I volunteered to work with Alberta Coleman in the Vista program in 1973. Alberta founded Tenant Services, a non-profit in Lexington, KY, that advocated for the poor. She approached her job with perseverance and compassion. Clients came to Tenant Services because they had no money to pay rent; we had no money to pay their rent. We worked with the desperate poor to hold off evictions, helped them find jobs, and juggled their meager budgets. It was hard, frustrating work. Alberta made it seem as if there was no problem that couldn’t be solved.
I planted my first garden the year before I met Alberta—lots of tomatoes and green beans. There were a few flowers, too. I still love the blazing orange-red blooms of the h..
Keeping calm and carrying on under the shadow of the lily beetle
Finally, they’re here. For at least 5 years, now, I have been hearing tales of destruction and dire prophecies from friends and garden visitors who live to the east and northeast of Buffalo. “Do you have the lily beetle yet? They’re everywhere in (Rochester/New England/Ithaca, etc.). I don’t grow lilies any more. They ate them all.”
Cringes of horror all around. I assured the visitors I had not seen this dire creature, but they assured me it would make its way west. And it has; indeed, I’ve read about infestations in Wisconsin and Seattle, so maybe it bypassed Buffalo at first as it swept across the country. Or maybe it took a while to find its way into the urban core.
I have not experienced any widespread devastation (yet), but everything I’ve read and heard is true. The red beetles nibble away at leaves and lay eggs, which grow into repellent black masses of goo that feed on the leaves’ undersides. They are gooey bec..
Last night the American Horticultural Society held its annual awards gala at its headquarters (above, an estate formerly owned by the Geo. Washington family) on the shores of the Potomac in Alexandria, VA. I was there, along with two GardenRant award-winners an assortment of movers and shakers in the plant world. The weather was perfect and so was the whole event.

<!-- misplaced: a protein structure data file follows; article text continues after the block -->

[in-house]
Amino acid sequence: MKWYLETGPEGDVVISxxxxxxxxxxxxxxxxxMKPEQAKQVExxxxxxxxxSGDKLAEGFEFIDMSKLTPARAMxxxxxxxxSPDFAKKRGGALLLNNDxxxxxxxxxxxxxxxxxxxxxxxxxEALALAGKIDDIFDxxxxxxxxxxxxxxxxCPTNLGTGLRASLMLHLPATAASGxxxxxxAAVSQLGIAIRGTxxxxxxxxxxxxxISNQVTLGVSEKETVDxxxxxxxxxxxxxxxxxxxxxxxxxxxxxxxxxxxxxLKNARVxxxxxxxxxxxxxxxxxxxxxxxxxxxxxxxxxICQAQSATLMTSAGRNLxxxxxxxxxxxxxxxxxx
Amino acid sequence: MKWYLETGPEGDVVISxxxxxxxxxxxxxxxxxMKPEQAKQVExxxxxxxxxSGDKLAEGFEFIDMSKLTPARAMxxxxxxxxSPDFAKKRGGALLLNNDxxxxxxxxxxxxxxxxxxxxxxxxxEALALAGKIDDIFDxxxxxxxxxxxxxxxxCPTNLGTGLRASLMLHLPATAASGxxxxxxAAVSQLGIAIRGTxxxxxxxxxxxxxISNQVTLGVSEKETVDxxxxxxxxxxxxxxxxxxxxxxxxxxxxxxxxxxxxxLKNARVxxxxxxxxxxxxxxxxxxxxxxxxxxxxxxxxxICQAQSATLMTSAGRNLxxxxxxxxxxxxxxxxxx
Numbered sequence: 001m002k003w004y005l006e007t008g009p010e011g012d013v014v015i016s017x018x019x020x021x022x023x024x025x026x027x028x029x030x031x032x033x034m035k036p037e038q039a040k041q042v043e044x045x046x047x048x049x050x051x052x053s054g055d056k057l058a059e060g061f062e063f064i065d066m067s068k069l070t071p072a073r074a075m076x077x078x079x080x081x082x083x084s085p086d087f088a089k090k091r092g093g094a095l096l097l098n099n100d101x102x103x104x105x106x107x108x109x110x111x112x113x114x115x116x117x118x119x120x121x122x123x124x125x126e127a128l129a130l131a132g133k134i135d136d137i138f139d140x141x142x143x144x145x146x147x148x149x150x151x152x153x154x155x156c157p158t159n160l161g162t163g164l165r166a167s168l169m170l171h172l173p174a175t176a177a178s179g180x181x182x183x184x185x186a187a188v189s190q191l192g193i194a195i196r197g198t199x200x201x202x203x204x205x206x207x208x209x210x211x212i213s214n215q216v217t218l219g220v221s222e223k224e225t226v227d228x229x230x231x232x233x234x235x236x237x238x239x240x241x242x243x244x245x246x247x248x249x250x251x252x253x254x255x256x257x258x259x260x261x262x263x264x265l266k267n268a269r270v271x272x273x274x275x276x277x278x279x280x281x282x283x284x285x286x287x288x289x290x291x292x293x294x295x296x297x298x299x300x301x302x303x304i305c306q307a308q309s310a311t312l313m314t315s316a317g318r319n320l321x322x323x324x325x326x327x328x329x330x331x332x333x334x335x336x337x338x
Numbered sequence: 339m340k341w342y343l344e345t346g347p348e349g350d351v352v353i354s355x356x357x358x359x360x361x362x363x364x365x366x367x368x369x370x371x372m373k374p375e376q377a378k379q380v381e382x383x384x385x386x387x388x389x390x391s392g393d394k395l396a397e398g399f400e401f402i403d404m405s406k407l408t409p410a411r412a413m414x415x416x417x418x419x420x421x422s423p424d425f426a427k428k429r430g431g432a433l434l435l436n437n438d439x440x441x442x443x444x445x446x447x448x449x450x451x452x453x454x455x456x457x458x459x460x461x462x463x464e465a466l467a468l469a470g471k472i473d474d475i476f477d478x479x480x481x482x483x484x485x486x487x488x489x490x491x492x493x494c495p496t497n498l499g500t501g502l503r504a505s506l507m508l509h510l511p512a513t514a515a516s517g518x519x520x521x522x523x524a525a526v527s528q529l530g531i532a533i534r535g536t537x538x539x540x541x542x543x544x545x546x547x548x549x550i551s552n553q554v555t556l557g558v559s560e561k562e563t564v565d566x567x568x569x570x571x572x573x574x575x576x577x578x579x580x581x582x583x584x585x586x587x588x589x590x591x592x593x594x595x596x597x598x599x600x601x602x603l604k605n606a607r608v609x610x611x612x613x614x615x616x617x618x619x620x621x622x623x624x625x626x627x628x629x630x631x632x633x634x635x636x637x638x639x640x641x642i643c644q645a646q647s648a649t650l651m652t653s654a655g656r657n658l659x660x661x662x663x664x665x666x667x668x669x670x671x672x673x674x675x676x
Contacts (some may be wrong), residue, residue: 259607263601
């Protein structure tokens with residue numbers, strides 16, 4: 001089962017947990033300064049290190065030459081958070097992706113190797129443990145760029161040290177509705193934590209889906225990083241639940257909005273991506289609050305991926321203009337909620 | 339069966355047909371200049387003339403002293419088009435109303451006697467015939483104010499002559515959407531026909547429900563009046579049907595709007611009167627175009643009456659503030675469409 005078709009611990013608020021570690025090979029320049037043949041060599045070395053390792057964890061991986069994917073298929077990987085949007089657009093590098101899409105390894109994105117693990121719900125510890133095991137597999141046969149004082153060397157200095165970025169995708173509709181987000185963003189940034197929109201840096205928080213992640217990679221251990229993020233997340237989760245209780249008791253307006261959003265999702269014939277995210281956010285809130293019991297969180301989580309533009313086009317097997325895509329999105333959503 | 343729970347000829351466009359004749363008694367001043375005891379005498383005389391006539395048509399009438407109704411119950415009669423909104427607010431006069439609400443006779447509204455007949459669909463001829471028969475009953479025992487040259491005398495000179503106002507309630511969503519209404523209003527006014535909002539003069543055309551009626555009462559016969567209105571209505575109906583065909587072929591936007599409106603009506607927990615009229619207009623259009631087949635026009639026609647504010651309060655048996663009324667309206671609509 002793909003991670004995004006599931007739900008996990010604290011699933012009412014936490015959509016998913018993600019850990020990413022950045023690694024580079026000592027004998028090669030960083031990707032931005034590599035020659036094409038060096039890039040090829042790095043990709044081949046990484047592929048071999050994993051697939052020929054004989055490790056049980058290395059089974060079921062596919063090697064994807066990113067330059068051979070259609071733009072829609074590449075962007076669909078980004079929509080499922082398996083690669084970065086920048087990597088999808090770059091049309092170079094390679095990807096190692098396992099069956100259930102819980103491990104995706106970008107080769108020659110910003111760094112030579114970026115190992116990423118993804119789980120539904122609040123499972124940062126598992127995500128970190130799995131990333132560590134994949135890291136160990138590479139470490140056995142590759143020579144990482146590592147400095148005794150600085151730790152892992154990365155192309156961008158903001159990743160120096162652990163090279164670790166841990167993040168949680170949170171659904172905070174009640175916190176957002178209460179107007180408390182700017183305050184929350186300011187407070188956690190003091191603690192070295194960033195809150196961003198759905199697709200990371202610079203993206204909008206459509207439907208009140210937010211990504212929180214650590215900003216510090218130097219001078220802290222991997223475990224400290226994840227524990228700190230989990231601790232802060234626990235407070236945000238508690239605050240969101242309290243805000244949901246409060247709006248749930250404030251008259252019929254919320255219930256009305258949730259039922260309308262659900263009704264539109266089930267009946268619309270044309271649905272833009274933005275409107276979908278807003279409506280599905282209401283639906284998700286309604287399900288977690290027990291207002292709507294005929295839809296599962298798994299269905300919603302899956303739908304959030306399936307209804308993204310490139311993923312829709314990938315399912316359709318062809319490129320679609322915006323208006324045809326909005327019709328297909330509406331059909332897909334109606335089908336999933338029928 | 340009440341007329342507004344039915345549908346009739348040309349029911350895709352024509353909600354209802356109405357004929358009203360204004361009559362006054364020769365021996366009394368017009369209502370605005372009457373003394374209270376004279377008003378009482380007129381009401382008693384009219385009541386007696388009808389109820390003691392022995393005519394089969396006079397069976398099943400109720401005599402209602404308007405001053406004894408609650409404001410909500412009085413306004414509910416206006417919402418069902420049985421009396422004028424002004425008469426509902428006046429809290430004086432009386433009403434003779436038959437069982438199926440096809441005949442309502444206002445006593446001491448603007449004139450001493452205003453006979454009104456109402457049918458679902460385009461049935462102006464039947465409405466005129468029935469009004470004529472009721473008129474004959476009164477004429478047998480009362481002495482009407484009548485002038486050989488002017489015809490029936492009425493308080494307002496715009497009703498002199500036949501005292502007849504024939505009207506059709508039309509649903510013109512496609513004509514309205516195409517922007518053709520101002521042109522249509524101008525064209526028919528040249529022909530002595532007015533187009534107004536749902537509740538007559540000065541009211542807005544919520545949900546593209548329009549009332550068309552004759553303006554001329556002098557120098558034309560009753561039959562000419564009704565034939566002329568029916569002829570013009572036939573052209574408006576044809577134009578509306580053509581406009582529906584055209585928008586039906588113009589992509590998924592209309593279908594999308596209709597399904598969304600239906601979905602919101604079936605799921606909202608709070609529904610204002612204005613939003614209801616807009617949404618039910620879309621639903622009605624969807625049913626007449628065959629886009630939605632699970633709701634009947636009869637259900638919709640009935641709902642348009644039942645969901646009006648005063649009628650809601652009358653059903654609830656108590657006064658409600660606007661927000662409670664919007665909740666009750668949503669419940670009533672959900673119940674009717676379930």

Awards were presented for books and for awesomeness in various categories – the Great American Gardener awards.
Here’s a peek through some Achilleas to the Potomac River.
Now for some winners! Here’s our own Tom Christopher with Larry Weaner, co-authors of the award-winning Garden Revolution. On the far right is award-winner Allen Bush descending the stairs with Tom Fischer, editor of Timber Press. (He won the Garden Communicator Award.)
Book winners from left are Larry Weaner, Tom Christopher, Tom Fischer (accepting Joseph Tychonievich’s award for Rock Gardening) and Marta McDowell, who won for All the President’s Garden..
From the exhibition website
Here’s one item not on the agenda for this month’s Garden Blogger’s Fling in Washington, DC, but I don’t plan to miss it: “Cultivating America’s Gardens,” at the National Museum of American History in Washington. It opened last month and is on view through August 2018, so there’s plenty of time for everybody to see it.
For all the years that we’ve been flinging in cities such as Seattle, Chicago, Toronto, and Austin, I’ve usually managed to sneak away for an afternoon to take in a great museum or two, wherever we are. Fling tours are always of gardens, of course, so if you want other cultural attractions, you have to break away for a few hours—which I ‘m happy to do.